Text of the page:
Automatic applications deployment


I want to automate applications/roles/features deployment (unattended) on Windows 2012 R2 Infrastructure, this project needs many hours of programming, this is why i’m asking here.

I want to deploy the following applications and roles : Active Directory, DNS, Sql Server 2012, Citrix XenApp Server, Citrix XenDesktop server, Citrix Datacollector, Citrix Licence server, Citrix Storefront server.

So the basic deployment will be on 8 servers (already installed on ESXi, with ip configuration only).

I imagined this scenario :

I will fill a CSV file that contains all of information, and execute Powershell scripts to deploy everything, we can imagine 1 script that will call different scripts for each components (sql, ad, dns, citrix etc..)

I don’t want to depend of any tool (sccm, puppet or whatever..), this is the reasons why i want to create it from scratch -> But maybe i’m wrong.

I also read that there is a new feature called Powershell DSC, to simplify application deployment
There is a simple example : if you need 4 iis webserver then, execute this code :

But in my case i’ll have only 1 server per application/roles or feature, if i understand well, this feature is interesting only if you need to deploy the same configuration on (x) servers

What’s your advice? Should i choose to write powershell script from scratch? Or choose a solution like puppet or chef (much easier), but in this case i’ll be dependant of a tool.

The best solution would be to use a sql database -> The final goal of my project is a web application with a database who will execute my powershell scripts to deploy my infrastructure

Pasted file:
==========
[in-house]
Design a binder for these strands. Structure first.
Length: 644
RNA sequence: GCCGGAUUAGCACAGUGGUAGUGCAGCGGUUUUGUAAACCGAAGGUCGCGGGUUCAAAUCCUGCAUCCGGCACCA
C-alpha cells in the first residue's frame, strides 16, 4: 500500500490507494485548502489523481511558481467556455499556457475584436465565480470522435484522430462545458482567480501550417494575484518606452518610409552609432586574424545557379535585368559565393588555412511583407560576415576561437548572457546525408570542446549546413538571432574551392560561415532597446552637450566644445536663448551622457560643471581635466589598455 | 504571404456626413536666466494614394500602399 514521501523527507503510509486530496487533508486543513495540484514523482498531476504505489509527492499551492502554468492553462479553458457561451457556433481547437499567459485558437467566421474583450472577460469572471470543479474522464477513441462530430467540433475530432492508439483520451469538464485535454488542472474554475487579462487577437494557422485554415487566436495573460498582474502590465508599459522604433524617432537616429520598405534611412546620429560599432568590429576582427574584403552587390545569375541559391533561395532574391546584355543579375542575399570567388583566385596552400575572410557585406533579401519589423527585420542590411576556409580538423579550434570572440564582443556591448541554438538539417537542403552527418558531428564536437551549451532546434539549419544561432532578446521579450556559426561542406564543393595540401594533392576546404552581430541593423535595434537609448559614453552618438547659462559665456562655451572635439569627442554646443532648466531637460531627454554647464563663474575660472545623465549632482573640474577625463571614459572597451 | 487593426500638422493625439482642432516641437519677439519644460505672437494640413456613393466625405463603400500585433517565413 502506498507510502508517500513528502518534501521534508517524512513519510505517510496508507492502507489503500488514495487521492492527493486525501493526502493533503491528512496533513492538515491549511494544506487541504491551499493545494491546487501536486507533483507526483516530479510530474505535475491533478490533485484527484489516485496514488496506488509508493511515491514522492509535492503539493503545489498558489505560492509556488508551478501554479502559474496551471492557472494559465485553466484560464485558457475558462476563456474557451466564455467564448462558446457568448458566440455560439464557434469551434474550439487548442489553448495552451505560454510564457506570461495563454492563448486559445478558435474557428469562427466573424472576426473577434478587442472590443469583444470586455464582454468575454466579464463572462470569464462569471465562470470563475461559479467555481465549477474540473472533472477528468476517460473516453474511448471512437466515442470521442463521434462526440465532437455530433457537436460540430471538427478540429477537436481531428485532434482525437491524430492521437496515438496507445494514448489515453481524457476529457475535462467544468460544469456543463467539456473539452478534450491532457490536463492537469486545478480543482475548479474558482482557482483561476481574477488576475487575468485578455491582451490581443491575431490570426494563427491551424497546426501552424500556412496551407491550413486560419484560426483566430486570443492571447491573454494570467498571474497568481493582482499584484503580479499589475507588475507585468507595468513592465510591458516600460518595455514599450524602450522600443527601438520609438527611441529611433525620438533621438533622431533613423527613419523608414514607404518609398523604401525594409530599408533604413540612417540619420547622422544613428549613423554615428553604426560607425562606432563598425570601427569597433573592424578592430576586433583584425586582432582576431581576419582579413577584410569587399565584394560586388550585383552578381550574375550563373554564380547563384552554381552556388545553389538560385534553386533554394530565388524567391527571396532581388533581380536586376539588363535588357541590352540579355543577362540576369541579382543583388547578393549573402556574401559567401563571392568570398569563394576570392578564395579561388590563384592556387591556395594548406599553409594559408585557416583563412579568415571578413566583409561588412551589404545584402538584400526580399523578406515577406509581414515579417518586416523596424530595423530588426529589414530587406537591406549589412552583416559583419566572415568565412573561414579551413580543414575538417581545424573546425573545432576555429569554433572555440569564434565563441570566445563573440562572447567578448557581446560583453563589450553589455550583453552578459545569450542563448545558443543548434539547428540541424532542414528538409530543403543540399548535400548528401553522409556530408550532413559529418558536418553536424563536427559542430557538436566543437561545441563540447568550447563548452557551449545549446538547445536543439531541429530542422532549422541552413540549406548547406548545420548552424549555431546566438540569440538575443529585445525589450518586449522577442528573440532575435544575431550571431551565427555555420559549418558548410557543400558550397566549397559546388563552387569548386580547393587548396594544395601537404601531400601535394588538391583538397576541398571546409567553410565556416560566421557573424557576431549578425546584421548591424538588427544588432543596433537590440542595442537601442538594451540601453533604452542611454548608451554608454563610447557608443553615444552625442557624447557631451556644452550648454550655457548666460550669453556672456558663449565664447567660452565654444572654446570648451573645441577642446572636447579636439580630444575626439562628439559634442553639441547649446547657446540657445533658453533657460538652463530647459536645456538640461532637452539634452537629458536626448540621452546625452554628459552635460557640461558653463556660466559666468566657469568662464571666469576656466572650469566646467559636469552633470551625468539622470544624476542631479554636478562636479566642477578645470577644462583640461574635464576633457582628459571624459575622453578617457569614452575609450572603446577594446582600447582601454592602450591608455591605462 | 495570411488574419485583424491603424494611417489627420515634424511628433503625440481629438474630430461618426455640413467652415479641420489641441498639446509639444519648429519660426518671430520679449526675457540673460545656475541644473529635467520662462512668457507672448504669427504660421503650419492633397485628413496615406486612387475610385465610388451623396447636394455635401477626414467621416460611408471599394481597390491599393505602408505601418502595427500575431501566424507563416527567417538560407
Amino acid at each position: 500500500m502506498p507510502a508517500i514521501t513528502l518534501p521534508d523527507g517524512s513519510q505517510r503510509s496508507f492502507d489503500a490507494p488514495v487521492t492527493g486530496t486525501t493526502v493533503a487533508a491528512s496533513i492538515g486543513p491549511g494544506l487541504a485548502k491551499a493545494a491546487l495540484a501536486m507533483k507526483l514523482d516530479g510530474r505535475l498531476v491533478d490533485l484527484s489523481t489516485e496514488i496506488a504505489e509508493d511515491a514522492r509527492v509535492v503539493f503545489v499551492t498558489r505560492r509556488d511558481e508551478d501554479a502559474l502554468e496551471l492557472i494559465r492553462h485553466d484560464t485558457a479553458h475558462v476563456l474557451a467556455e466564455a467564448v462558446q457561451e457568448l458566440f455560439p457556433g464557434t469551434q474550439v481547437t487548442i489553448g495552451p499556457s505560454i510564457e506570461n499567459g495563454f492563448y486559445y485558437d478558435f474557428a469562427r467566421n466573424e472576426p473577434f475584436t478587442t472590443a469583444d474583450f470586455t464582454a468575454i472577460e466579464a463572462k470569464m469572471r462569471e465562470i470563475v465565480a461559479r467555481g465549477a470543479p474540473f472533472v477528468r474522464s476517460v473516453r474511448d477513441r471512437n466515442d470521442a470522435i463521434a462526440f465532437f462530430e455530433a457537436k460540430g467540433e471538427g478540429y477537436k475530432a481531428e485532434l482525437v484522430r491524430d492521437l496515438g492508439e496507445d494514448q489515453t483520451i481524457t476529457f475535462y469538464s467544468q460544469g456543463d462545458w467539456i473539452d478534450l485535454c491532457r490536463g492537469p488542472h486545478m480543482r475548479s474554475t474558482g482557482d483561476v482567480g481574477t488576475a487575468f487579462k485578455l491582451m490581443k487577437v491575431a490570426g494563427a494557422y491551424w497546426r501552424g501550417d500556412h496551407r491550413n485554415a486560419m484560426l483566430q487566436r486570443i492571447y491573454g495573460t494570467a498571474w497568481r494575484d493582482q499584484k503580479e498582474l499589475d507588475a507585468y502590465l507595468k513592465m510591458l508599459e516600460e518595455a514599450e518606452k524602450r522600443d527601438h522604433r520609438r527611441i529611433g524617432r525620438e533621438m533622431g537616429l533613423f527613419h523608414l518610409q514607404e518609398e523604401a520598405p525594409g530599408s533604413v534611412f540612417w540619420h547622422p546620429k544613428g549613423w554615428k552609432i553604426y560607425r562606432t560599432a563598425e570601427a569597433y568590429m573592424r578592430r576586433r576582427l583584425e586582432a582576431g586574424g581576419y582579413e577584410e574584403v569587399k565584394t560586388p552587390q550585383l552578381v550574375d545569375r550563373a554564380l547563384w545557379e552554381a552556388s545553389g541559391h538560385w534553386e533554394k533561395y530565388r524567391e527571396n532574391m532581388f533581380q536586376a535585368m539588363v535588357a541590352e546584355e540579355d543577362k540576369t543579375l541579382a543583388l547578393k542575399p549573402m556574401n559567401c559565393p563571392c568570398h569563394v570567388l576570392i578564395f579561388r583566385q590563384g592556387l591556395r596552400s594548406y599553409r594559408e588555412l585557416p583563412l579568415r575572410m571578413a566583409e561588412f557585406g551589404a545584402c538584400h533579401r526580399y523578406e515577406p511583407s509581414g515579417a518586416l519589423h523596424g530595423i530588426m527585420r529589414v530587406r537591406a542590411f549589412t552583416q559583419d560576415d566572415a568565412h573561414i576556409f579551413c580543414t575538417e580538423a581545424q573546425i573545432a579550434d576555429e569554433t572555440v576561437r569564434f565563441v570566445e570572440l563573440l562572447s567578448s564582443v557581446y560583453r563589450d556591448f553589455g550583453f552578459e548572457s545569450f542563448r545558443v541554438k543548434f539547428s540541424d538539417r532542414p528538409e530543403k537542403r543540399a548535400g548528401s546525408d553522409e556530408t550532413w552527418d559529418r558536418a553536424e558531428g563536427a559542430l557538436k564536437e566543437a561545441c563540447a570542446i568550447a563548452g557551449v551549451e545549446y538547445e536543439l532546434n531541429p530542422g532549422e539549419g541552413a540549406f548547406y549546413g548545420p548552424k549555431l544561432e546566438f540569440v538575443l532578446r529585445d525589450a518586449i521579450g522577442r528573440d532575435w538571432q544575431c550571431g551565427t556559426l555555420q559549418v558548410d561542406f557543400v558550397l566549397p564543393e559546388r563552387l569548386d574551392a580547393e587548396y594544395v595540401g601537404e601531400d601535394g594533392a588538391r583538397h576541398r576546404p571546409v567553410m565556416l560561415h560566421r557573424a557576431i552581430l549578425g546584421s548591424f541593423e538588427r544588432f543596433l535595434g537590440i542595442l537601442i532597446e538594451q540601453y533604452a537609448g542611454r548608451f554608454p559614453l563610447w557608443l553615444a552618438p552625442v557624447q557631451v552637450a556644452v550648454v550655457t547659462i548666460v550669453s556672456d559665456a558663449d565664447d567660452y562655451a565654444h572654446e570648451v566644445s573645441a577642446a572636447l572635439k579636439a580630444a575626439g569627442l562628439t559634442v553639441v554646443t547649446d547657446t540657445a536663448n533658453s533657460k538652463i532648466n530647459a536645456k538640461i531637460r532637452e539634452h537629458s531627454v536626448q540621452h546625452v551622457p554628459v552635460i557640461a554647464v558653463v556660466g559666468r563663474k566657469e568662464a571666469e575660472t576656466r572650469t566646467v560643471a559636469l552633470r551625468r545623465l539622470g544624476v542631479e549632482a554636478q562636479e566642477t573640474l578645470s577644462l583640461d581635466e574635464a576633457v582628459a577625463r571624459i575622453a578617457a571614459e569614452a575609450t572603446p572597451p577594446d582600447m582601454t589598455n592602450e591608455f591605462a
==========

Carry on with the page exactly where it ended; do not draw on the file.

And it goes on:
Of course from this web application, I will populate my database through forms, and my powershell scripts will query this database to get informations (ip address, client name, domain name, password, users…)**

Thank you for your advice.


Chef or Puppet will be the easiest way forward and both tools have been around for long enough for you not to worry about them disappearing off the internents. Both work, pretty much, out of the box and will get you up and running in a considerably lesser time than if you were to design your own system.

Having said that, a benefit of going with a PS solution is it doesn’t require any agents installed on destination boxes(connectivity thanks to WinRM). Ultimately you can wrap it up as a Powershell module, hand it out to your sysadmins and retain full control of what’s going on under the hood.
A PS solution will give you full control, better understanding of underlying process – but that will at cost of time and other design headaches.

To sum up: if you have the time, the will or a specific use case then go with PS. Otherwise do what the big boys do and save yourself reinventing the wheel – or seventeen.

Disclaimer: I did the PS thing for a previous employer.


Automatic applications deployment by licensed under CC BY-SA | With most appropriate answer!

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